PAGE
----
By Anita Buttemer - Waterloo, Ontario
Recently my colleagues and I from Suzuki Talent Education of Waterloo (STEW) attended the annual student and teacher conference of the Suzuki Association of Ontario (SAO). This year the conference was in Guelph. Bravo Guelph Conference team!
As has been the case every year, the teachers at STEW highly valued our time away together. We had 100% attendance by our faculty.
Since the SAO Conference moves to a different venue every year, the experience is different as well. We are particularly happy that our colleagues from neighbouring provinces and states also attend when travel distances allow.
On the Student Day, we had the opportunity to observe our students in group classes taught by wonderful teachers, and our students were able to reconnect with friends from past Suzuki institutes and workshops. These bonds are special ones – the children skipped to class, ate pizza, and had to chance to play their favorite pieces together.
As teachers, the opportunity to chat with colleagues over dinner and back at the hotel is priceless. The chance to “talk shop” and discuss interpersonal challenges we encounter on a daily basis as Suzuki teachers, and in some cases as “practice parents”, brings home to us how person-to-person communication cannot be replaced by all the wonderful technology we now have at our fingertips.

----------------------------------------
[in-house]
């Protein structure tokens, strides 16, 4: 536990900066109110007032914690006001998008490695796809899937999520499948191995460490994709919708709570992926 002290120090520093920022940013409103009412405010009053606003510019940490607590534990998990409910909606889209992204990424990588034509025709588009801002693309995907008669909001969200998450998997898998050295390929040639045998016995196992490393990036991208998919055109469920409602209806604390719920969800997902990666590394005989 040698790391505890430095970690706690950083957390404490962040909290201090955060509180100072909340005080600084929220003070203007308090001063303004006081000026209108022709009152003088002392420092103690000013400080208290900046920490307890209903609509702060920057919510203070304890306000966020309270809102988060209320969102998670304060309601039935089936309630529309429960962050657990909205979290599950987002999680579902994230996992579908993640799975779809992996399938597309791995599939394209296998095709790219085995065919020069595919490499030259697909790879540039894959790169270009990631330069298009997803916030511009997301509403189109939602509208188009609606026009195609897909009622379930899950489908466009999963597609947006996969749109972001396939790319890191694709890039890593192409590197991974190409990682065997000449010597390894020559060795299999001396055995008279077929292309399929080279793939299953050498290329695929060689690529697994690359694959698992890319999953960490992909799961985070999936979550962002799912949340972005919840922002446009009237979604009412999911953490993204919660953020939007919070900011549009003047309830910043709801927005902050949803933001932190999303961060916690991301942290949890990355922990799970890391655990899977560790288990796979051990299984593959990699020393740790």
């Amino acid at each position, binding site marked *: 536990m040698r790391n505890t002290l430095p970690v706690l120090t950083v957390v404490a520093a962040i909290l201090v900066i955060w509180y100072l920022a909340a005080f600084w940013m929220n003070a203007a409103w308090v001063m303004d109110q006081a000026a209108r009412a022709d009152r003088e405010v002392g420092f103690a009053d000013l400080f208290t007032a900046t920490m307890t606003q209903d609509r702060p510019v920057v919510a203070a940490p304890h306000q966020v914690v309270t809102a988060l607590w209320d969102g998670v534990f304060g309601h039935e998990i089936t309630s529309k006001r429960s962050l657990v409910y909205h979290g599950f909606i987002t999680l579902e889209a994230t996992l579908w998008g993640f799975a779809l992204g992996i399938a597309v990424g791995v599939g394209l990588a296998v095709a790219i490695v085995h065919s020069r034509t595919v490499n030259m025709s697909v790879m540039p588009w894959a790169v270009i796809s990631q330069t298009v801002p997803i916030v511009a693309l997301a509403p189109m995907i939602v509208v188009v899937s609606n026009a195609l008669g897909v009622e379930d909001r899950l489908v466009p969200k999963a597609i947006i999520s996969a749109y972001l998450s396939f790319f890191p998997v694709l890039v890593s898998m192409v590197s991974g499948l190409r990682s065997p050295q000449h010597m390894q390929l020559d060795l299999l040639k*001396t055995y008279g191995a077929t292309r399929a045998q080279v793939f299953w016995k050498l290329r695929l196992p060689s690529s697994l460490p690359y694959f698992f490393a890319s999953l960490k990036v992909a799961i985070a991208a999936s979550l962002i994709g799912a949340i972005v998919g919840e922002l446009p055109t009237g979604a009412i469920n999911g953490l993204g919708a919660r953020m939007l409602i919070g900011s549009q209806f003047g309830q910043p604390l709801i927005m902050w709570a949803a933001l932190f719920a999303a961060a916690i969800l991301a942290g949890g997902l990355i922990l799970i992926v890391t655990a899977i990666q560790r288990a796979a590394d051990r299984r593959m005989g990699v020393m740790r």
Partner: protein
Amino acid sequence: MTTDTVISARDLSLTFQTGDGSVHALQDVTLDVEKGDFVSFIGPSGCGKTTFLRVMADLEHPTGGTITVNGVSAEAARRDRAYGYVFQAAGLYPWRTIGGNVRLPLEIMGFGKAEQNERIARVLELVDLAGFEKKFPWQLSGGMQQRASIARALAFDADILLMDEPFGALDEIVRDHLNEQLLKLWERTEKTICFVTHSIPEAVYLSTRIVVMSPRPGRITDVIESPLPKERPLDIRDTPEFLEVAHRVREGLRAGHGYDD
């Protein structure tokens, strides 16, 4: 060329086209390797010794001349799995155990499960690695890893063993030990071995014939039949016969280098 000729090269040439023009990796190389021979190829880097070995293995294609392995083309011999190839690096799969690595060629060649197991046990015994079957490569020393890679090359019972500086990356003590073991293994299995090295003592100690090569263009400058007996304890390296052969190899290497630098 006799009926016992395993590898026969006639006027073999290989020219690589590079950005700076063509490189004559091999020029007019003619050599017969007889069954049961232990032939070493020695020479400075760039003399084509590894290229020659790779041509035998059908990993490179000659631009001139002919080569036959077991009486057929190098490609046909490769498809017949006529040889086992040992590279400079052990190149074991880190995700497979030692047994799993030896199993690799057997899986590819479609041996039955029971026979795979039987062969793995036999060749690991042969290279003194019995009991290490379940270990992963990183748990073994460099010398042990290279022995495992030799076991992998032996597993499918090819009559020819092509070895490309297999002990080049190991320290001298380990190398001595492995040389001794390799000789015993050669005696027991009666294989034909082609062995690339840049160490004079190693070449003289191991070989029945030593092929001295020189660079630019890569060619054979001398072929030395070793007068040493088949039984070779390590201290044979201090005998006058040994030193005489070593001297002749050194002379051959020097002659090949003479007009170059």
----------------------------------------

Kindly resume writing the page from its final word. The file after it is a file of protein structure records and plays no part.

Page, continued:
On the Teacher Day, we very much enjoyed informally meeting and chatting with colleagues. Some were new Suzuki teachers at their first conference. Others we may only be able to see once every few years, due to geographical challenges, and the scheduling conflicts that naturally come from being performing musicians.
The keynote speakers at these SAO conferences are always thought provoking. The subjects are as varied as the locale of the event. Sometimes we are blown away by new ideas and new approaches. Sometimes we are affirmed that our teaching approach is on the right track, and that we are happily on the same page as the esteemed guest speakers. Either way, the experience is invaluable.
I encourage all teachers to find a way to connect in person with our Suzuki community, whether it be attendance at a workshop, conference, convention, or merely driving to a “nearby” town to observe a colleague’s lessons for the day. Although we have geographic diversity and challenges, our commonalities as Canadian teachers greatly outweigh our differences. We can come together with music and make our country a better place!